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UpForGrabs: Insert fails if table has a DATETIME property as part of the key

description

Hi,

please looking at my stackoverflow question for detailed explanation.


http://stackoverflow.com/questions/22655842/entity-framework-insert-failed-with-date-column

Regards
Daniel

comments

divega wrote Apr 1, 2014 at 11:02 PM

Note for triage (edited):

Seems to be a legitimate issue although not a regression from either EF5 or EF6.

The root of the problem is a mismatch between a column type and the type of the corresponding parameter used in the commands we generate in the update pipeline for certain types and facets.

In this particular case a property of type System.DateTime is mapped to a DateTime column and the parameter generated for the INSERT command is of type SqlDbType.DateTime2.

The property is assigned an arbitrary DateTime value, e.g. DateTime.Now.

When we execute the INSERT statement the value stored in the DateTime2 parameter @0 will be silently truncated to make it fit in the StartDate column of type DateTime:
INSERT [dbo].[CalendarItems]([StartDate]) VALUES (@0) 
In the subsequent query to evaluate the number of rows affected, SQL Server will transparently upcast the DateTime column to DateTime2 to perform the comparison against the parameter and the values will not match because of the precision loss:
SELECT [Id] FROM [dbo].[CalendarItems] WHERE @@ROWCOUNT > 0 AND [StartDate] = @0
In the end we will receive a rows affected value of 0 and will throw an exception saying that the insert statement affected an unexpected number of rows.

I found that in In SqlProviderServices.CreateSqlParameter() we decide the type of the parameter only based on a C-space type usage in the insert command tree. We generate a parameter of SqlDbType.DateTime2 if supported by the database version for all properties of type DateTime. Looks like an oversight in the design because in some cases the store type might be different and in this particular case it causes loss of precision.
That said I haven’t found any other cases in which this can happen. Although bug #2036 (which is about DateTimeOffset properties as concurrency tokens) seems related I haven’t been able to confirm.

We can consider fixing it if we believe the cost is reasonable and we feel comfortable that it won't cause unintended breaking changes.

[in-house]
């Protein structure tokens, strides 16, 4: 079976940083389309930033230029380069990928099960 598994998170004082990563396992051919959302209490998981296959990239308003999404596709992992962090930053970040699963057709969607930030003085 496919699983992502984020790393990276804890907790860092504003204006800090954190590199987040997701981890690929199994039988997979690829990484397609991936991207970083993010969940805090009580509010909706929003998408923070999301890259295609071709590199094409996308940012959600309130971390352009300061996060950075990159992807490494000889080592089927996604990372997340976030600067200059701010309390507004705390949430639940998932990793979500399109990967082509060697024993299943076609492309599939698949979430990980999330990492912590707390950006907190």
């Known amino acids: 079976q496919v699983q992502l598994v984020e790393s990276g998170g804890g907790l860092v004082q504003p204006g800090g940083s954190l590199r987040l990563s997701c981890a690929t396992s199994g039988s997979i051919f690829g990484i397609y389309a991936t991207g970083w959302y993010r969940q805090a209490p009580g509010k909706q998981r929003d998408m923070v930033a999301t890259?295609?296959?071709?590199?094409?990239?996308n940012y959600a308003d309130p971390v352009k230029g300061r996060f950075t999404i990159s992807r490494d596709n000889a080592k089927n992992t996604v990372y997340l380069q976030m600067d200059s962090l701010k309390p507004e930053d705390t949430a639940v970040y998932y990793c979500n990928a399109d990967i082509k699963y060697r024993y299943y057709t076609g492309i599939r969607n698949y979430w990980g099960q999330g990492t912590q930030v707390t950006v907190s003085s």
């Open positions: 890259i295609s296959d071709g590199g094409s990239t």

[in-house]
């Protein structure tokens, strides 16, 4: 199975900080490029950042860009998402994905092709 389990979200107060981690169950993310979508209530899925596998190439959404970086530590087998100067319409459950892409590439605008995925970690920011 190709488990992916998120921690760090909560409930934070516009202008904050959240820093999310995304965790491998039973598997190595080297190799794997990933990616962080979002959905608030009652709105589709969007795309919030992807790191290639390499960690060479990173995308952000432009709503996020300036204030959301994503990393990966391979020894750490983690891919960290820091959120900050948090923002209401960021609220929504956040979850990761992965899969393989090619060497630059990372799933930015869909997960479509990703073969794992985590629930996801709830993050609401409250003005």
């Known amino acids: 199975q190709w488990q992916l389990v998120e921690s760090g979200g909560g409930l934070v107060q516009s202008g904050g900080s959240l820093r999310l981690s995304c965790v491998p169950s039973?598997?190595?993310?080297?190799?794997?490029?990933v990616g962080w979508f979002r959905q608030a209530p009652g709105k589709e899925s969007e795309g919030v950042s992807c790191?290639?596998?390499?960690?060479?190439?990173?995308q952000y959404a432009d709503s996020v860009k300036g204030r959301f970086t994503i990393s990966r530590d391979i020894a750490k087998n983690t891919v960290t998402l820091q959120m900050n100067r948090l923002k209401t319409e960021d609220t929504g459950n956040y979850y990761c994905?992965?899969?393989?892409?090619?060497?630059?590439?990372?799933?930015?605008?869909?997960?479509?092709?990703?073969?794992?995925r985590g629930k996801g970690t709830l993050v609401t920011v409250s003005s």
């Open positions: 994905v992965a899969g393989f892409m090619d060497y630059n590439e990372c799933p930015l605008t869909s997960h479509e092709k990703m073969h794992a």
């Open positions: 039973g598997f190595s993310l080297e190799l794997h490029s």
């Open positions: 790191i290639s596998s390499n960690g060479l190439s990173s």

There are a few workarounds for this particular case:
  1. Use a surrogate key instead of a DateTime column as a key
  2. Make the type of the column DateTime2 (you can do this easily with a custom convention now)
As a side note, I investigated a few other concerns I had but they turned out to be negative:
  1. This seem only for some types for which we have a precision facet, e.g. it happens for DateTime and apparently for DateTimeOffset, but it doesn't happen for decimal (for keys of type decimal we generate parameters with the same precision as the column).
  2. This does not seem to affect other facets, e.g. I confirmed for string keys that are defined as non-Unicode we produce the right non-Unicode parameter, even in the update pipeline.

divega wrote Apr 1, 2014 at 11:15 PM

An additional workaround is to truncate the value of the System.DateTime property before saving changes.

scda0001 wrote Apr 1, 2014 at 11:25 PM

yes, truncating the time part is a working solution. But this should be only a workaround. This issue has to be fixed for future releases. I cannot see a breaking change (as far as I can evaluate this).

scda0001 wrote Apr 2, 2014 at 10:15 AM

Can this issue have any side effects with optimistic concurrency pattern too!? (I don't tested it yet)
http://msdn.microsoft.com/en-us/data/jj592904

If you don't use any timestamp column for concurrency check and instead compare all table columns, I would assume that this raise the same issue.

divega wrote Apr 2, 2014 at 11:39 AM

I believe it won"t have an effect on concurrency although I haven't tested all my assumptions: in concurrency control the value that needs to match is the original value if the column after a roundtrip. The original value has already been stored in a DATETIME column before and therefore it is already truncated. A DATETIME2 parameter should have no problem holding the value with a lesser precision and the comparison should match.

I suspect in #2036 the root cause is the opposite, i.e. a parameter cannot hold the whole precision of the column.

scda0001 wrote Apr 2, 2014 at 2:40 PM

You are right. For concurrency check original values are used, so no truncation occured.

RoMiller wrote Apr 3, 2014 at 9:24 PM

EF Team Triage: We agree that we should fix this issue. Given that this is not a regression from a previous release we are not going to take a fix in the 6.1.1 patch release. We're moving it to the Future release to reconsider for the next release. Also marking as UpForGrabs in case someone outside of the EF team wants to contribute the fix.